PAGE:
Most of all, the iHub needed to be a place which Kenyan techies could be proud of. It had to a place which was uniquely ours, which we could show off to visitors from abroad. It had to have the feel of being any high-tech community space in the world, with a Kenyan flavour.
The sustainability strategy
Early on, we had no idea how we would pay for things beyond the first two years. We projected costs, but didn’t know where the revenue would come from. We had some ideas, but instead of creating a grand plan, we decided to take a very experimental approach, iterating on what worked and killing ideas that didn’t fit.
Right now the iHub has revenue coming in from red members (co-working desk rental), events and the new R@iHub research arm. Events and desk rental were obvious and worked from very early on. R@iHub didn’t come into being until January of this year, and was very much an experiment – which appears to be working marvellously.
The other experiment was taking lead on the m:lab, a space the same size as the iHub which sits one floor beneath us. While upstairs is about community, openness and fun, the m:lab downstairs is about professional tech companies building quality products and making it into the market. We took the lead on the consortium behind this, and it is seen as a sister-facility to the iHub, with many shared services between the two.
Both the iHub and the m:lab have strong corporate partners. Before the first brush of paint was dry in the iHub, we had started talking to some of the big technology corporates who call Nairobi home. Large tech corporations need an active dev community, and the dev community needs them. Luckily, Kenya is geographically well-positioned for some great companies to make it their home in the region, which worked well for us. We also happened to know a number of them personally, which sped up the discussions and interactions considerably.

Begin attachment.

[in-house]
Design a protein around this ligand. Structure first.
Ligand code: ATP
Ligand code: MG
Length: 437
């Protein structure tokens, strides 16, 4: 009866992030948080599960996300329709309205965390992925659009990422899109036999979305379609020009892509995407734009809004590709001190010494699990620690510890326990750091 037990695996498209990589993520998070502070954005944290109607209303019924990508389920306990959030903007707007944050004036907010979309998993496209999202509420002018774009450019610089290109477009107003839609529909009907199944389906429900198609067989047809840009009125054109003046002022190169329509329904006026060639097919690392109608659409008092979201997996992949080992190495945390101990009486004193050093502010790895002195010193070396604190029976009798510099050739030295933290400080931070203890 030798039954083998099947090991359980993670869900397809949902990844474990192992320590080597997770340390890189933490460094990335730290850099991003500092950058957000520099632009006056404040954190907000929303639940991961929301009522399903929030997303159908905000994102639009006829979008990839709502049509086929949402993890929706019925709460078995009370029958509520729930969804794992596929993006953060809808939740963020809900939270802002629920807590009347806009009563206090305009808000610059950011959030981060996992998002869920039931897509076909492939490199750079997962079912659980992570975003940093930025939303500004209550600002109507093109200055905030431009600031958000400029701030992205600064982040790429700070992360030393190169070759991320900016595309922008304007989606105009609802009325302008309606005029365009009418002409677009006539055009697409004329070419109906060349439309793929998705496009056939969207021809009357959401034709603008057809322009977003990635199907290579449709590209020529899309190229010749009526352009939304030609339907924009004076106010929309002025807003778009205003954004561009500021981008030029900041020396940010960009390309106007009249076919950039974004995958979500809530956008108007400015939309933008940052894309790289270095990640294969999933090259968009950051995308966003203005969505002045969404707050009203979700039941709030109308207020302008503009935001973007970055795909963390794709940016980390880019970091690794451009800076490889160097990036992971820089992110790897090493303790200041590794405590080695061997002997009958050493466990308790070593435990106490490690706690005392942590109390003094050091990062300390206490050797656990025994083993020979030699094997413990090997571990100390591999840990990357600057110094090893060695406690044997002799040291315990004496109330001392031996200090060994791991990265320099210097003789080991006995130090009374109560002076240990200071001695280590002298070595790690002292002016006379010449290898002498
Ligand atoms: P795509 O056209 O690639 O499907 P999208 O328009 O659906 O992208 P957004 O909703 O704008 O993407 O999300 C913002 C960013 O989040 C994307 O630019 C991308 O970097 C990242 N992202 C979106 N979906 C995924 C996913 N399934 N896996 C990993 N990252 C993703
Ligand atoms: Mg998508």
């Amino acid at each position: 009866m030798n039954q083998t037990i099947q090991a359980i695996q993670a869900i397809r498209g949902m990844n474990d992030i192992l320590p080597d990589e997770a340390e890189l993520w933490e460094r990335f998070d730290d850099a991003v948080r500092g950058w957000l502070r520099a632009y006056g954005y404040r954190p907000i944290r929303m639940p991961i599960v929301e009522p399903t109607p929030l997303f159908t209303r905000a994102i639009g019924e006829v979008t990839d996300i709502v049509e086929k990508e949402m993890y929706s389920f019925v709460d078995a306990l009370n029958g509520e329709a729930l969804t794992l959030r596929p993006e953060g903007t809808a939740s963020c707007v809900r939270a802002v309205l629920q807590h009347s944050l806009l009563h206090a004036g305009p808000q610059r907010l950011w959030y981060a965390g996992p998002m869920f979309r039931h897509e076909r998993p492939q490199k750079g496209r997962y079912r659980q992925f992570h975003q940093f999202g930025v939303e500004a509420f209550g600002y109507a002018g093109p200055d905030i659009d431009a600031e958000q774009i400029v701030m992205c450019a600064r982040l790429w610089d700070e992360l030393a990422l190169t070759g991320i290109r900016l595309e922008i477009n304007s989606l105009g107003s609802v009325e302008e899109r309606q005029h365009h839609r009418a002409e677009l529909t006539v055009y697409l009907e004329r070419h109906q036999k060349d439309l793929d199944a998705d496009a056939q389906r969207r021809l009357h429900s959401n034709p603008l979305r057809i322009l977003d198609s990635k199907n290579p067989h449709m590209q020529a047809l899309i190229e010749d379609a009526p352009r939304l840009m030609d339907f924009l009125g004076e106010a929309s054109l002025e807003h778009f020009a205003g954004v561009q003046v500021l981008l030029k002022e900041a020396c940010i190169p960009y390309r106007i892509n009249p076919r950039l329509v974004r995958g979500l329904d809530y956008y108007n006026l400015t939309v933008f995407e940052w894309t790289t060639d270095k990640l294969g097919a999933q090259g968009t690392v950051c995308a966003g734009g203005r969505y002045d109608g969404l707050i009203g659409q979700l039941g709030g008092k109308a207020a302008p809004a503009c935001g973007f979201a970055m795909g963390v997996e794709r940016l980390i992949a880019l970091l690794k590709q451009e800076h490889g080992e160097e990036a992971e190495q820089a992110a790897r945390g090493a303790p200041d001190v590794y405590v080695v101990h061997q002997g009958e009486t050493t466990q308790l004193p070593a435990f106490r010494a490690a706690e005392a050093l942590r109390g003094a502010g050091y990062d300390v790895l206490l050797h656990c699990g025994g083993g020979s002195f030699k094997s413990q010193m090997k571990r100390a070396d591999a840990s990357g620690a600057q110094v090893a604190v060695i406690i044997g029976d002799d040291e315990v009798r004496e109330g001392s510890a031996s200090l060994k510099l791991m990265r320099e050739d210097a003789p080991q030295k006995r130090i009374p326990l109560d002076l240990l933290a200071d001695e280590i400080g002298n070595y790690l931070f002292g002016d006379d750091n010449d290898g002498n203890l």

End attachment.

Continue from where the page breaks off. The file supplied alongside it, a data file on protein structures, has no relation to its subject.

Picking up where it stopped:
We didn’t want to just have corporate partners who were sponsors. We made it very clear early on that their money was less important to us than what value they could add to the space that would help the dev community, but that it was a two way street. If we couldn’t facilitate a strong value back to them from the local tech community, then it was a no-go.
Fortunately, despite our lack of a clear idea of exactly how things would work, or what our metrics of success would be, we found some great partners. Nokia, Google, Wananchi and Microsoft are corporate partners with the iHub, and downstairs we have MIH, Nokia and InMobi working with us.
By the end of 2010 people were already claiming that the iHub was a model for technology engagement, aid stuff (gah!), etc… in Africa. I thought that was a premature statement, it was an experiment and it still is. The success of the iHub has come from a strong foundation of advisors and community members who understand their city, their peers and their region.
The success of other tech hubs across Africa will be based on leadership credibility, and ability to engage their community.
Much of the iHub’s success comes from a community that works together. In that spirit of “harambee” that is so much a part of Kenyan life. While there is always healthy competition, we would rather work together and celebrate each others’ success, and ultimately help each other along with the knowledge that if more of us succeed, then we all benefit.
I hope to see many more labs and hubs across the continent, and we’re seeing them grow too, in Cameroon and Ethiopia, Uganda and Nigeria. Though some of them will need financial assistance to get going, like Ushahidi did with the iHub, their organic growth is what makes them viable.